This should probably be one of my Billy Sheahan Photography School Courses. But for now this will have to do.
I’ve had the same accountant since 1993 when I got my first real financial scare. I had been working a lot of freelance work the prior year and didn’t understand the importance of putting some of it away for tax time. My little government issued 1040Easy Tax Form was telling me I owed the IRS thousands of dollars.
These were not the salad days for me. It might as well have been a million dollars.
An art director friend of mine suggested I use his tax guy. “He’s good,” he offered. “And he knows the advertising industry really well.”
So I packed up my little shoe box full of statements and tax documents and headed over to his office, head held low, still convinced I was screwed.
My friend’s tax guy was good. Great bedside manner to start. He taught me about deductions and write-offs and before I knew it, not only was I not going to owe anything. I was getting a refund!
I never did my own taxes again after that. It’s been the best money I have ever spent.
A few years later when I filed the paperwork to officially create Billy Sheahan Photography as a business, he encouraged me to replace my method of going through hundred of receipts every year and typing them out in a text document and to get more organized with actual accounting software.
Yes, I know. For artists, accounting software is like holding a cross up to a vampire. Hissssssssssss. I had the same reaction. But honestly, if your business is a real business, you have to do it.
I tried a few different programs before settling on QuickBooks for Mac, mostly because that’s what my accountant uses and it’s easier if we’re both running the same software. Plus, as an aesthetically demanding artist, accounting software for a Mac is slightly less terrifying than a PC program. Crazy sounding maybe, but aesthetically pleasing software helps to narrow the vast chasm between artists and bean counters. I still couldn’t do it without guidance from my accountant, but the bookkeeping and entering and keeping track of every dollar that goes in and out – that’s all me.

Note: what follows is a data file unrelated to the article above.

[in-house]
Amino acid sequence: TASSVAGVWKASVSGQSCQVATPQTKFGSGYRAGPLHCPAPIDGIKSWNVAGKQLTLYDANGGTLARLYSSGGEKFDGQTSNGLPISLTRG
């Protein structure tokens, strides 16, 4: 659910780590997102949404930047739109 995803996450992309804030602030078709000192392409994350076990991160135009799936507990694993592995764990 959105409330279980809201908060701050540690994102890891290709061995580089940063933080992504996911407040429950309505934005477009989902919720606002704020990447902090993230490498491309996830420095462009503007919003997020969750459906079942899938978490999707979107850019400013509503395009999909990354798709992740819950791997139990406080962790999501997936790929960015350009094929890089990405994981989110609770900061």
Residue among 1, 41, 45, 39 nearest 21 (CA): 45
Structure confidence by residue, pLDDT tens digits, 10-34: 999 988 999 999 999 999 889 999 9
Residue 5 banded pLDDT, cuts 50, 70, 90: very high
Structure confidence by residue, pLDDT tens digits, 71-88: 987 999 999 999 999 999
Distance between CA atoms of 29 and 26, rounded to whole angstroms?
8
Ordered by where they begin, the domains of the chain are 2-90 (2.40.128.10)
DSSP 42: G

I’m still not great at it. When we meet a few times a year, he has to do a lot of fixing when I’ve mis-categorized something, which is often.
“Clean-up in Accounts Receivable, please!”
But ever year I manage to wrap my head around it a little more and it gets a little less painful for him. He’s a very patient man. Baby steps.
Plus there is something rewarding about seeing your business grow every year on paper. Somehow, no thanks to the financial “wizards” on Wall Street who recently brought the world economy to its knees (Yes, by all means let’s make sure they get their big Wall Street bonuses after being bailed out by the taxpayers. We’d hate to lose top tier talent like that! -End Sarcasm), Billy Sheahan Photography had it’s best year ever last year.
Meanwhile the rest of us continue to make an actual product you can hold in your hand.
Sorry. I digress. It’s been a little painful for those of us who didn’t get bailed out.
My point here is that it’s really important to learn the accounting side of business, especially if, like me, you happen to be your own bookkeeper as well because you can’t afford a properly trained bookkeeper. Business margins are tighter than ever these days and anything you can do to really keep on top of your costs and make sure you’re claiming every deduction possible is more critical than ever.
It can be the difference between a small business making a profit or a loss.
So as I close this week of tax preparation and, with the help of my accountant, manage to survive another year as a small business, I raise my glass to him and those like him, who deal with we poor business minded artist folk year after year with grace and patience.
The photo above is of my actual coffee table covered with actual receipts and other paperwork that my accountant manages to make sense of.
Yeah, he’s kind of a genius.